These kinds of programs seek to do more than economize public transportation. They aim to change the way humans think about public transit, making it their first choice, not last, for getting around. Otherwise, smaller driverless vehicles (including taxis, rideshare services and private cars) could potentially eliminate the need for public transit. After all, why remain beholden to a fixed bus route when a car can pick you up and drop you off door to door?
The benefits of autonomous buses. From a mathematical perspective, buses take up less space, use fewer resources and accommodate a greater number of passengers. This alone holds tremendous offerings in mobility efficiency and reduced environmental impact, not to mention cost savings.
To get an idea of just what benefits driverless buses could bring, the International Transportation Forum (ITF) created an autonomous bus simulation based on Lisbon traffic to see how a European city might cope with an exclusively self-driving bus system. The results were staggering.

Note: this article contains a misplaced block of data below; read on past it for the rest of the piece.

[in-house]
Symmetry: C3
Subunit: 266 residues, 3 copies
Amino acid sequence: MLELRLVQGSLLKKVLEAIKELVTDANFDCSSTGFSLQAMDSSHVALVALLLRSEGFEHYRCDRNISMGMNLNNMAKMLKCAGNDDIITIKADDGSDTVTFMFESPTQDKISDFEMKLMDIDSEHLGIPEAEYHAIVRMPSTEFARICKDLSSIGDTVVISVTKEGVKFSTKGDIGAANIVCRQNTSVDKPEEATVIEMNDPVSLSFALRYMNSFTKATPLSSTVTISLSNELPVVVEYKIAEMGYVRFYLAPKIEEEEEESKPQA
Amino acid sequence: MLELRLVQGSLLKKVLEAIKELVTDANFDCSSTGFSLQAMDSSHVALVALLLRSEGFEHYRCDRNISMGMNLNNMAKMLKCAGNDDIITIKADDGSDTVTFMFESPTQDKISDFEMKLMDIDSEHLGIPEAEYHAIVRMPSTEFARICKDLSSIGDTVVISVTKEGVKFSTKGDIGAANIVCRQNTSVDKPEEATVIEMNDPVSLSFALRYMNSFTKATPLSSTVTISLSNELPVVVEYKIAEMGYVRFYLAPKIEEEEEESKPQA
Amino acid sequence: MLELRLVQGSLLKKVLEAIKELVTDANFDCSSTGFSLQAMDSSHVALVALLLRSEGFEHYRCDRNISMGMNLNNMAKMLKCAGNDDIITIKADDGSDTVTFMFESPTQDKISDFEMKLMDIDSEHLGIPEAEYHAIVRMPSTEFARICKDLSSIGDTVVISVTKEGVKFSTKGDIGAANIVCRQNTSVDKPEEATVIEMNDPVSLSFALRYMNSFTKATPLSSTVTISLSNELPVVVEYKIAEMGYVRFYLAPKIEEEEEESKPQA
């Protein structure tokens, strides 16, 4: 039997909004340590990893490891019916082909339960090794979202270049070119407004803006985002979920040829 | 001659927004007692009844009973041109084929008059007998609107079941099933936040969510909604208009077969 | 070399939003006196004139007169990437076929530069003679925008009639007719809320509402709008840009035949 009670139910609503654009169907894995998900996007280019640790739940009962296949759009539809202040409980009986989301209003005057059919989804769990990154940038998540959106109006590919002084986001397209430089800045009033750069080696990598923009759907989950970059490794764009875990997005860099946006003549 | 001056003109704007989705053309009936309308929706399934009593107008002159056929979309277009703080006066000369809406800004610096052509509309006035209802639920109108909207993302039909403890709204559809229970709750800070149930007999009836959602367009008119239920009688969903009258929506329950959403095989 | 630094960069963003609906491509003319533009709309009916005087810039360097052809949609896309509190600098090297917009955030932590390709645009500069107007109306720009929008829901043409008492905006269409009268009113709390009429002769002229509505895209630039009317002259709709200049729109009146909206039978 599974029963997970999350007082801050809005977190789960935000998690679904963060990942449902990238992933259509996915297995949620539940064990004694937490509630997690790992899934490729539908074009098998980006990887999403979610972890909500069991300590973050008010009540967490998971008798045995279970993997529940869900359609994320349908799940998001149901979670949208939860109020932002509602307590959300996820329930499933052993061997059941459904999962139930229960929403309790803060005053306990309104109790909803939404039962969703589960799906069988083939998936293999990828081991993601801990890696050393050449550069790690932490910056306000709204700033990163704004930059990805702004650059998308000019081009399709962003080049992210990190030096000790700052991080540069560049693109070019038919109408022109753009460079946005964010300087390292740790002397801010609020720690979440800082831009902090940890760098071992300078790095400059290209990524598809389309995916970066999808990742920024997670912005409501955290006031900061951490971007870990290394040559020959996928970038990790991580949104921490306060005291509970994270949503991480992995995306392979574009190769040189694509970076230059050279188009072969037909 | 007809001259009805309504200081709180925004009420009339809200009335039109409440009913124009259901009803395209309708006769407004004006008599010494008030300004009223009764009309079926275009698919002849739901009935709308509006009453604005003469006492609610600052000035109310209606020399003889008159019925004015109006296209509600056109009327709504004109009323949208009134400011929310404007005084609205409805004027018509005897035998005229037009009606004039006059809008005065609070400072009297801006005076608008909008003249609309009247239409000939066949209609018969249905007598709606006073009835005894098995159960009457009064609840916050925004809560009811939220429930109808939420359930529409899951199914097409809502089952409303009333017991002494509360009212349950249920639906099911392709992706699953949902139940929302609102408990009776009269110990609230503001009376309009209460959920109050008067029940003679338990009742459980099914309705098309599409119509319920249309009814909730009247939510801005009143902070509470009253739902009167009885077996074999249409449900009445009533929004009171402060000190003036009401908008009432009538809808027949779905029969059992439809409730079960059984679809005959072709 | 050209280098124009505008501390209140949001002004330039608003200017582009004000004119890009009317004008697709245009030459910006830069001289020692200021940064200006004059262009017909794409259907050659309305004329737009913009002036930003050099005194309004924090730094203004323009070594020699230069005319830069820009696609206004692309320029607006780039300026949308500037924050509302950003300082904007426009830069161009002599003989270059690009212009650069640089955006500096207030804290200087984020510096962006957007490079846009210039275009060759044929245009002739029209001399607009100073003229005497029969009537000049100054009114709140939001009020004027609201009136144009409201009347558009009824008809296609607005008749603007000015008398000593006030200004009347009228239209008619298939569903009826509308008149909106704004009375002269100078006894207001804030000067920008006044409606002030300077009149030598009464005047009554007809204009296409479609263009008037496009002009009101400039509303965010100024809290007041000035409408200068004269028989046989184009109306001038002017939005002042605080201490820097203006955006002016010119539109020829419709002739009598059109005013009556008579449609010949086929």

Study results, as summarized by Vox, found that, “Shared vehicles could make our cities dramatically more livable.” The research found that “traffic emissions were reduced by one-third, and 95 percent less space was required for public parking,” and the vehicle fleet necessary would only be 3 percent of today’s fleet. Passengers, for the most part, wouldn’t have to wait around for transfers, and spaces previously devoted to parking would make way for open, livable spaces.